Sunday, February 14, 2010

Reading between the imaginary lines

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Books.

We want our pre-school kids to like them. We want our pre-school kids to enjoy them. We want our pre-school kids to like and enjoy them without taking an hour of bedtime to read three pages.

Oliver sometimes "reads" his chosen bedtime story to me. He combines a mixture of the words he recalls me reading with his own interpretation of the pictures. Despite this sometimes being employed as a tactic to delay the moment he has to go to bed, it is always a revealing little insight into how his mind works. The dialog often reflects some of that I hear when he is playing with action figures (where my definition of "action figure" includes anything he chooses: have you ever seen Peppa Pig take on Ben 10?).

Yesterday Hayley bought Oliver a Power Rangers notebook which came with a Power Rangers rubber eraser and pen. He sat down next to me on the sofa and said he was going to read it to me. As I started to mention that it had no words he ignored me and went straight to the first page, which was, like every other page in the notebook, blank.

No matter. He proceeded to tell me the story and to provide a picture he placed onto the page the rubber with the face of a Power Ranger on it. He continued to do this for several pages before we were interrupted by dinner being ready.

The power of kids' imaginations never ceases to amaze me and I do my best to keep in check the adult tendency to direct his thoughts towards any commonly perceived "right" way of interpreting the world. He's going to have years of doing things someone else's "right" way later in school life, so it's a joy to see him discover and describe the world with such untainted wonder.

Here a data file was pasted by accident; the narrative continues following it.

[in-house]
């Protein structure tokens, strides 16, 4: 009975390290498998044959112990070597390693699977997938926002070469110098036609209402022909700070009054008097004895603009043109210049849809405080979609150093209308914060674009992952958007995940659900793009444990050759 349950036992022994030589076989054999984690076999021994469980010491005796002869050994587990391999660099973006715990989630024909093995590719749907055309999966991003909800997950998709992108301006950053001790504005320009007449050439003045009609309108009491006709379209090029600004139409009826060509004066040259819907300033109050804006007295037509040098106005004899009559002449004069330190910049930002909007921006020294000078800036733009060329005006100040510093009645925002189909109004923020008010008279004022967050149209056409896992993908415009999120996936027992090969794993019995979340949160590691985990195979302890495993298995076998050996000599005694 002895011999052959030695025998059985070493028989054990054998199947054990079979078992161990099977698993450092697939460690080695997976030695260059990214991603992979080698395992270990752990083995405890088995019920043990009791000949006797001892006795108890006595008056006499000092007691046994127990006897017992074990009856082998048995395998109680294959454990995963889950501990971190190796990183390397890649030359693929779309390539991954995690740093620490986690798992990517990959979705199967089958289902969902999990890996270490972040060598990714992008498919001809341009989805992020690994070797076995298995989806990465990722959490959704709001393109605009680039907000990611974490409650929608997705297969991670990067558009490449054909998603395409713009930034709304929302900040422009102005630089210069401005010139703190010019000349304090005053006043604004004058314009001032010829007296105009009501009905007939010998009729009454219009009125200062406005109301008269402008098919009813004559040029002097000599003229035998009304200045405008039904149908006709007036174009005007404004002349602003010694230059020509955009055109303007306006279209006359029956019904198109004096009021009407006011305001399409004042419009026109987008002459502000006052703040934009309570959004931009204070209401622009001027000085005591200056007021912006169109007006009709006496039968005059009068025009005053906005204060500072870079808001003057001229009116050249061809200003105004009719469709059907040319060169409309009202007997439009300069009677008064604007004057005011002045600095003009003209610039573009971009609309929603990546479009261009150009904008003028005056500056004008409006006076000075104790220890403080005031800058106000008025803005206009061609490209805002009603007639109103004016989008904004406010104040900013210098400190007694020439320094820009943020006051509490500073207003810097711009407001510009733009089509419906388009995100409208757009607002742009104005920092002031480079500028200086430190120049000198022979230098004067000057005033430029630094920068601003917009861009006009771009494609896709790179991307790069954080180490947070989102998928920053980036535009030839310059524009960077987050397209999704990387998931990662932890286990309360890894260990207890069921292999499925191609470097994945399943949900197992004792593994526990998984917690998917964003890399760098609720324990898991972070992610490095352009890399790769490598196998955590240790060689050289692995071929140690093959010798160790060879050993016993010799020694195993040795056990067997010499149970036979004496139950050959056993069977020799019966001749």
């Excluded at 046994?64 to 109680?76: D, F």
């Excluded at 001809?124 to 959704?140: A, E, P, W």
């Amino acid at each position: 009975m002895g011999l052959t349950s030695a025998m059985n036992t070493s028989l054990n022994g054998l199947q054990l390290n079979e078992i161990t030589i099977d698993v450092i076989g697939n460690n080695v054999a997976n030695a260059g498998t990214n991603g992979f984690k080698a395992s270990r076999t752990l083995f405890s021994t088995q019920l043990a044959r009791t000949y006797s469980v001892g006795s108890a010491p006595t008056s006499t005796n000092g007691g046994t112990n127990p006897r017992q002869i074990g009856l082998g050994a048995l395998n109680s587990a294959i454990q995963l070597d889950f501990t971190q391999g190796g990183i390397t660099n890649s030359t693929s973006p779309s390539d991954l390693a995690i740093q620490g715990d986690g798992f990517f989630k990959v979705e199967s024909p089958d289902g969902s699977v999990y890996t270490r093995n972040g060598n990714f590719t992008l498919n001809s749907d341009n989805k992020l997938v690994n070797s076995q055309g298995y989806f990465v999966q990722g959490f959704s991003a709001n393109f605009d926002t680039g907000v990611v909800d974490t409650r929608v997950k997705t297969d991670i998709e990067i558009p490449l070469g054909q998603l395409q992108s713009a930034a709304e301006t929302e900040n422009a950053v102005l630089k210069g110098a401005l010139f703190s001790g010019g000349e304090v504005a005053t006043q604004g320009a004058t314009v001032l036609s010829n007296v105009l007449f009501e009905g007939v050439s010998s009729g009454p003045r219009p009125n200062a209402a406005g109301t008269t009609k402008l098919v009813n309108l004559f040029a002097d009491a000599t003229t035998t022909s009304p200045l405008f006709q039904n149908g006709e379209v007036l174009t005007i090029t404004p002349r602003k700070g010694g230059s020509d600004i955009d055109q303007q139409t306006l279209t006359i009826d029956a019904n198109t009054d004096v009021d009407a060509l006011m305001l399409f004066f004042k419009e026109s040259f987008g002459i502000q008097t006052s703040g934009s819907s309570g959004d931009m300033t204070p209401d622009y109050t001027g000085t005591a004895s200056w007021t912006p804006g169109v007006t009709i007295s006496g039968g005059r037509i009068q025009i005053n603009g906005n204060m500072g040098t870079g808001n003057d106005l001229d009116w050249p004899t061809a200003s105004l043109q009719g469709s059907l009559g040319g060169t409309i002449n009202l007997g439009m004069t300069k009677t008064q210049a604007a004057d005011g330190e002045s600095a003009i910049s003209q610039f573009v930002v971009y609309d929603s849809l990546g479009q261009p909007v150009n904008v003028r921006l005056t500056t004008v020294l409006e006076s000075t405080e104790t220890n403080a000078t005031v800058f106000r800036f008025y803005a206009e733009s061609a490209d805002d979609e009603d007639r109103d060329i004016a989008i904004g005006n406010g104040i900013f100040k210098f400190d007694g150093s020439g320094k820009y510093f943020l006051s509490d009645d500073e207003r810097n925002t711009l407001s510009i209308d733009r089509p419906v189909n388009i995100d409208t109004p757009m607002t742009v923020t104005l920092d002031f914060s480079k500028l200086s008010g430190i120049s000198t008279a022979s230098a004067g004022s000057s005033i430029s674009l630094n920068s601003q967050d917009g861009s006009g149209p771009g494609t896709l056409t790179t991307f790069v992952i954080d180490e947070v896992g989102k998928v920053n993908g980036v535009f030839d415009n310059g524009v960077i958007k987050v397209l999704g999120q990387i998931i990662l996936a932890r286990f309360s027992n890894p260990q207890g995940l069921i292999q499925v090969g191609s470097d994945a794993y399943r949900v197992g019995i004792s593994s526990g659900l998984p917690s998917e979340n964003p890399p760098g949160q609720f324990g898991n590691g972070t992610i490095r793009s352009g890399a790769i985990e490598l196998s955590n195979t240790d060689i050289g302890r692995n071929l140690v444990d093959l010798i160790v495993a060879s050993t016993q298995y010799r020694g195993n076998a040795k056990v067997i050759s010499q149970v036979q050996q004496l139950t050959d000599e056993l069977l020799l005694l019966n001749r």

Art was once described to me as something to challenge our normal way of seeing the world. Unconstrained by years of mental and social manipulation, our children's descriptions of the world around them are themselves works of art.

So my recommendation when buying books for pre-schoolers is not to worry too much about what they can take out of them, because they'll be putting a whole lot more into them as well.

3 comments:

Jessi said...

Beautiful! We have a few books that are pictures only and you make up your own story and it's always fun to listen to Brynna's interpretation of them. Also, I love the picture!

Steve said...

Thanks Jessi. It's definitely one of the nicest parts of my day.

佩怡 said...

We could learn a lot from crayons. Some are sharp, some are pretty and some are dull, Some have weird names , and all are different colors, but they all have to live in the same box.............................................

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